[sic] Magazine

There Will Be Fireworks – Summer Moon

This album has been in my possession for just a few short weeks now, but its story actually begins somewhere around ten years ago, almost immediately after the release of the band’s second album “The Dark, Dark Bright”, when the band began formulating ideas for their next album.

The cycle of life runs deep through the veins of There Will Be Fireworks – and during those ten years, band members have spread geographically, become married, had children, developed their careers – and many of us spectators, myself included, began thinking that maybe they’d ridden off into the sunset, and The Dark, Dark Bright was to be their swansong.

It was therefore somewhat of a surprise when I learnt some six months ago during an interview with the band that they’ve been keeping this project on the boil the whole time.  Away from record company pressure (they self-release their own music), and no requirement to “shift units”, they’ve been able to do something which many bands are simply unable to – they’ve crafted an album.  Not as in “written and recorded some songs”, but fully considered every note, where to add dynamics, post-production magic, harmonies, layering, where to take elements away…

Within the first minute, we get our initial glimpse into the emotional journey that this album takes us on.  “The summer moon is up, and I am starving for your love.  So I go out in the night and I walk forever…”.  It’s moments like this which really pack a punch (and there are many instances).  The way that lyrics feel considered, or even agonised over, makes the album feel like a storybook which charts ten years in the lives of There Will Be Fireworks.

The dynamics really define this album.  Layers of guitars which know when to come crashing in and fall away.  In “Dream Song”, for example, there are parts where the guitars feel like they’re attempting to burst out of the speakers – and wait until you hear the real ‘punch the air’ moment at 3:14 during “Second City, Setting Sun”.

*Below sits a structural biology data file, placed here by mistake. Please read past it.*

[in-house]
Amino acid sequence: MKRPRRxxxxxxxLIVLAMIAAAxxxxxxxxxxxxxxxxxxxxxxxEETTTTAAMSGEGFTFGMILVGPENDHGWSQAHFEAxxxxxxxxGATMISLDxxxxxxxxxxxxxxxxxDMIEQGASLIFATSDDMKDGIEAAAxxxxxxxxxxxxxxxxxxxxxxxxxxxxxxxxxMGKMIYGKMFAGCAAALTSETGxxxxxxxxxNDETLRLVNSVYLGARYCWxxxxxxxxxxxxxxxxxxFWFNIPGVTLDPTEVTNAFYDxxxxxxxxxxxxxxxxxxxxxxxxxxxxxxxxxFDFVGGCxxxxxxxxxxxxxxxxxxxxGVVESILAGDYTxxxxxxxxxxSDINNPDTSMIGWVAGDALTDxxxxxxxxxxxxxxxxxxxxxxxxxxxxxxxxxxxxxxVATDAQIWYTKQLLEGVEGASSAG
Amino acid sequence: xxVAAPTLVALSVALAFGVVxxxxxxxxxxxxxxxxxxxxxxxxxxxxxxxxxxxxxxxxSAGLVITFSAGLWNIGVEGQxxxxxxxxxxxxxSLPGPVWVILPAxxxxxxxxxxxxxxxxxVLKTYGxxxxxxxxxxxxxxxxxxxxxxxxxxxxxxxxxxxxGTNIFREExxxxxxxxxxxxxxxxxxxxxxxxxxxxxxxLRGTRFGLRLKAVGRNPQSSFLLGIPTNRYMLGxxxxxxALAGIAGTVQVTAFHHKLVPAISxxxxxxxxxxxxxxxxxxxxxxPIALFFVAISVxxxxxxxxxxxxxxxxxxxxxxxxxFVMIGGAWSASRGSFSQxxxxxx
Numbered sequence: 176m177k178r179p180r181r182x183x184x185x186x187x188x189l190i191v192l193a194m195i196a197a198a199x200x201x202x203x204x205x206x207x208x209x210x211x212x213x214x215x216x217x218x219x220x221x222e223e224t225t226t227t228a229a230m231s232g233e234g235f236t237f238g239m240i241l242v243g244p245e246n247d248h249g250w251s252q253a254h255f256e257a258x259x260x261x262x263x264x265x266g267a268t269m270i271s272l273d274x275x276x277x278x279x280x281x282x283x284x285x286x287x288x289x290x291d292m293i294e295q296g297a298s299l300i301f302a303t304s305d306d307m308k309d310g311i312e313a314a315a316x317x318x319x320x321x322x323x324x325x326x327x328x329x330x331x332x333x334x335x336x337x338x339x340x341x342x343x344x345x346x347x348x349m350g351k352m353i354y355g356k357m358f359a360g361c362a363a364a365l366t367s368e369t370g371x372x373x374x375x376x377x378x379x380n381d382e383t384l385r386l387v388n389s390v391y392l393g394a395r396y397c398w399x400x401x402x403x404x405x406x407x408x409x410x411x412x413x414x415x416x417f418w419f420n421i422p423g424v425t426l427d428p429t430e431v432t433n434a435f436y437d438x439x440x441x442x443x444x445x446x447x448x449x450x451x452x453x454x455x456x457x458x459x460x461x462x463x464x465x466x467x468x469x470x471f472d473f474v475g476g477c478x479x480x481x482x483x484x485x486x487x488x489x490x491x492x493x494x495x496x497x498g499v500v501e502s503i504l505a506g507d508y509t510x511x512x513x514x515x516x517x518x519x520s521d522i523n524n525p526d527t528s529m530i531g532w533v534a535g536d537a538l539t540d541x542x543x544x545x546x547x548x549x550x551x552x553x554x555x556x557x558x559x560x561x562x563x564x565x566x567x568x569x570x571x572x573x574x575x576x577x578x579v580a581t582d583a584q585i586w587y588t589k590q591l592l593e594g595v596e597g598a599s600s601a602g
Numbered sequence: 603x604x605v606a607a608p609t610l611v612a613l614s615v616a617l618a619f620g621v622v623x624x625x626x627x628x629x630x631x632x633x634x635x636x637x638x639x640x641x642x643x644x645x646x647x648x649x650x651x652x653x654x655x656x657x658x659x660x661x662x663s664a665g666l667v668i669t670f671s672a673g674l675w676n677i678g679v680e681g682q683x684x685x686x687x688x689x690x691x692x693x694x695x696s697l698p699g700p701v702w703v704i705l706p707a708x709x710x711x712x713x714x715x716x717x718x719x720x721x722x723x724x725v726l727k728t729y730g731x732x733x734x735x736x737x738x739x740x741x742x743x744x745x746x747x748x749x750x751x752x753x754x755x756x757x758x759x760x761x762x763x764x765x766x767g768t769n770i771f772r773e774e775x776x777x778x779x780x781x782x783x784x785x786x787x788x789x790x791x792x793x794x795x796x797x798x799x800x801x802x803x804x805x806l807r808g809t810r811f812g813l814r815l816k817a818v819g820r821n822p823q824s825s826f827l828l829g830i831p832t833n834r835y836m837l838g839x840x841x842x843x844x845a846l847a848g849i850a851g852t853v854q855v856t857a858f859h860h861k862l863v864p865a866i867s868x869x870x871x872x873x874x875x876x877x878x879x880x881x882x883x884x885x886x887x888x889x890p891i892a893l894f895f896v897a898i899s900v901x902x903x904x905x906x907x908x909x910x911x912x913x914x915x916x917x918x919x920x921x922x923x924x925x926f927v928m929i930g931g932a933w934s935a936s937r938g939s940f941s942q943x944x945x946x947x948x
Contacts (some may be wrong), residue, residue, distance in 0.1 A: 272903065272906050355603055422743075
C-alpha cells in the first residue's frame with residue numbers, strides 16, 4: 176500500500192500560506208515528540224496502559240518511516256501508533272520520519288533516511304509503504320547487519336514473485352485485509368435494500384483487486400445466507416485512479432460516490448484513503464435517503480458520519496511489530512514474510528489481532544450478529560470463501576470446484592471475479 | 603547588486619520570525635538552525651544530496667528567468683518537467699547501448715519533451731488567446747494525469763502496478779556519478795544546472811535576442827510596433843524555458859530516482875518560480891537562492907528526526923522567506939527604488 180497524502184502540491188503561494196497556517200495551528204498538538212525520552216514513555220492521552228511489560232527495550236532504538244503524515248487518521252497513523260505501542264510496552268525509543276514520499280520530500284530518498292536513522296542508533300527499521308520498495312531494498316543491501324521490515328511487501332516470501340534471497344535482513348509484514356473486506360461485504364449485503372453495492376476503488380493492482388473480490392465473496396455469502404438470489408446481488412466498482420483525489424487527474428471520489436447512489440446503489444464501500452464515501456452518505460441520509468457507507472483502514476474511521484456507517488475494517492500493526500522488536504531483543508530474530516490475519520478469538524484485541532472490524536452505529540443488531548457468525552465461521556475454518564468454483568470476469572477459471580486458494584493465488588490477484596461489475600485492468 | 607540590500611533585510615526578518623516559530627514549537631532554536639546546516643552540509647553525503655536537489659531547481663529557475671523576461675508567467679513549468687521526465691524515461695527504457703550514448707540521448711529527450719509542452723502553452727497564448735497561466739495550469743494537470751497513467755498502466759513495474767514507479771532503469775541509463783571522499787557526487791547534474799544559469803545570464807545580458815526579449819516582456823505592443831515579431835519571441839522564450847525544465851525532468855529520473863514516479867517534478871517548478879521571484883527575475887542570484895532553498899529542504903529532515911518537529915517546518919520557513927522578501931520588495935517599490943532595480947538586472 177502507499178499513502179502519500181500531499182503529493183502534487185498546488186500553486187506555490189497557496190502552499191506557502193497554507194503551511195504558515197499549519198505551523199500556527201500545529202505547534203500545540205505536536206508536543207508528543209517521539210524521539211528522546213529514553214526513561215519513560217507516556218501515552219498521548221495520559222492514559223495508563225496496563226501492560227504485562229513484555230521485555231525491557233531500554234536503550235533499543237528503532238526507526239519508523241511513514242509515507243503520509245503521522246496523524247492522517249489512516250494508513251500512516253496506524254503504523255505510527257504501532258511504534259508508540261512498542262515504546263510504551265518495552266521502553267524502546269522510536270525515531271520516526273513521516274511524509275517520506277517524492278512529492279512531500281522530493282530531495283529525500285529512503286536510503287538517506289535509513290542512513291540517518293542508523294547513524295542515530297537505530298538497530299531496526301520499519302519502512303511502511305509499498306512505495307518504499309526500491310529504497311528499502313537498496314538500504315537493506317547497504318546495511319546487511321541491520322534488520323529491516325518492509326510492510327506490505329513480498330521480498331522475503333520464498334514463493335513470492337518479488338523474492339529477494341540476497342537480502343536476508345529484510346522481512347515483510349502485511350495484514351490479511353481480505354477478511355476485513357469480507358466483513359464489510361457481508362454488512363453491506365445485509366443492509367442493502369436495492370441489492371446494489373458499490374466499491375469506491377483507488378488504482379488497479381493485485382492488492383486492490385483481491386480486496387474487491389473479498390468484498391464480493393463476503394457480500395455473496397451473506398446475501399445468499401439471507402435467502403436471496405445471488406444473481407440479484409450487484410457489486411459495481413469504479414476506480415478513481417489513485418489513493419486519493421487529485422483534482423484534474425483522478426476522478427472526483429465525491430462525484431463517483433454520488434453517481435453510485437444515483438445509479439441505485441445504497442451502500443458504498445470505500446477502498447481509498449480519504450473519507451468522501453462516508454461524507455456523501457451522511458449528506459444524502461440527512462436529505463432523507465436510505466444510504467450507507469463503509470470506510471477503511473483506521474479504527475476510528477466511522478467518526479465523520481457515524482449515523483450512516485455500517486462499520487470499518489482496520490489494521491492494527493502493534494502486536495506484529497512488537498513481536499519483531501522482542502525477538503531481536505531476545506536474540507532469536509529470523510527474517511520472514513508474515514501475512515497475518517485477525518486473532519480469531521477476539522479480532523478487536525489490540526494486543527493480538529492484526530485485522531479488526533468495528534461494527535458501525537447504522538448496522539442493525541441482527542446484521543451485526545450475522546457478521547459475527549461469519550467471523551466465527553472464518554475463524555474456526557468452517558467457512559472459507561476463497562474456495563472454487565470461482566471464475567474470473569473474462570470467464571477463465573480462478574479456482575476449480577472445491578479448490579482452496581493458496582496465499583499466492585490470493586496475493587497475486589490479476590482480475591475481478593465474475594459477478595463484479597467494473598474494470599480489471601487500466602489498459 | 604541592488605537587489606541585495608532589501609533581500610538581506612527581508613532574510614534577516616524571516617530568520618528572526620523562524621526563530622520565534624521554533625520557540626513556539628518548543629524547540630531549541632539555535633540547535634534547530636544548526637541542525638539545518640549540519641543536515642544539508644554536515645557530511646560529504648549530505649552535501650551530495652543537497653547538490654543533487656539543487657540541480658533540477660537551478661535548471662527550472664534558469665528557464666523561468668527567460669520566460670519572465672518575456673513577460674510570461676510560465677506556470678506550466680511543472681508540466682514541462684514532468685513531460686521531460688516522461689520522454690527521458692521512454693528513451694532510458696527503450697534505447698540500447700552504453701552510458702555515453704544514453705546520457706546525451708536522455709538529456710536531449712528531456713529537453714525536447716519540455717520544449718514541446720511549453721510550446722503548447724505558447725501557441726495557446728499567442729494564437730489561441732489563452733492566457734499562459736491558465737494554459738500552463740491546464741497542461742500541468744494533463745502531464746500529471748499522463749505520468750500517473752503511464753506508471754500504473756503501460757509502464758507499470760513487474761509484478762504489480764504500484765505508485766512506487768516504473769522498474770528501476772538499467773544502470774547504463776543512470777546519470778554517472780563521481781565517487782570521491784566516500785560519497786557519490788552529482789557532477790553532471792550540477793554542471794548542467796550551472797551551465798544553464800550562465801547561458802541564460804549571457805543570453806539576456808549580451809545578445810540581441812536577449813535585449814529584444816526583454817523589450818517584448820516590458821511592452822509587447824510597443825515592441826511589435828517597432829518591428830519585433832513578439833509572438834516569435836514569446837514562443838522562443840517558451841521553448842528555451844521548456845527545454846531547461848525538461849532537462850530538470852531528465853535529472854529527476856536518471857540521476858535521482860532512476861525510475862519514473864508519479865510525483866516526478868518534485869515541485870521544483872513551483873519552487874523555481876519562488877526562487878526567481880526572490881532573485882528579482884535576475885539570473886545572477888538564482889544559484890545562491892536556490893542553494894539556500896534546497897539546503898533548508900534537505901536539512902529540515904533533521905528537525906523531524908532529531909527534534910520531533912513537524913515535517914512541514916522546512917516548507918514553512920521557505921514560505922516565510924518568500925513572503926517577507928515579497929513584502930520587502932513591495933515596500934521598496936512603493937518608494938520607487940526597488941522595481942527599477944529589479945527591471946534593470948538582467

In “Classic Movies”, we hear about love (“It was only us, just the two of us.  I held you in my arms, Tinseltown in love”), with a nice lyrical tipping of the cap towards The Blue Nile.

Elsewhere, there are moments of tender reflection, particularly during “Old-Time Tunes” (“The years have passed like birds in flight.  One day you’re young, the next you’re not”).  If there are detours into melancholy, they’re temporary, and by “Something Borrowed”, the band is once again in full flight.  Lyrically, the same insecurities persist that many of us have (“Do you lie awake at night wondering who’s this by your side?”), but it’s the whole package which really makes the heart pump.

A word about the production.  There’s often a lot of simultaneous instrumentation, many different layers, particularly with the guitars, but the songs have been given lots of space to breathe.  Nicholas McManus’s heartfelt vocals reach right out of the speakers, and the drums & percussion really drive the songs.  As on their previous album, the Cairn String Quartet have provided the most beautiful string arrangements across many of the tracks.

I’ve been left simply shaking my head at this astonishing album.  Initially there’s the thinking something along the lines of, “I really enjoyed that track, but they’ll never keep that up across the next track.  Ooh… they did…”, and then the next track, and the next one… until we hit the final note.  Then I’ve found myself playing the album over.  One evening, I listened five times in succession, which is something I’ve not done in a long, long time.  Where many bands are beginning to falter with their third album, There Will Be Fireworks actually feel like they’re cruising.

With this album, I don’t know how they’ve done it, but they’ve created something magical – and this is without doubt one of my albums of the year.

~Summer Moon is out now on limited-edition CD and double LP via The Imaginary Kind.~

Interview.

The Dark, Dark Bright

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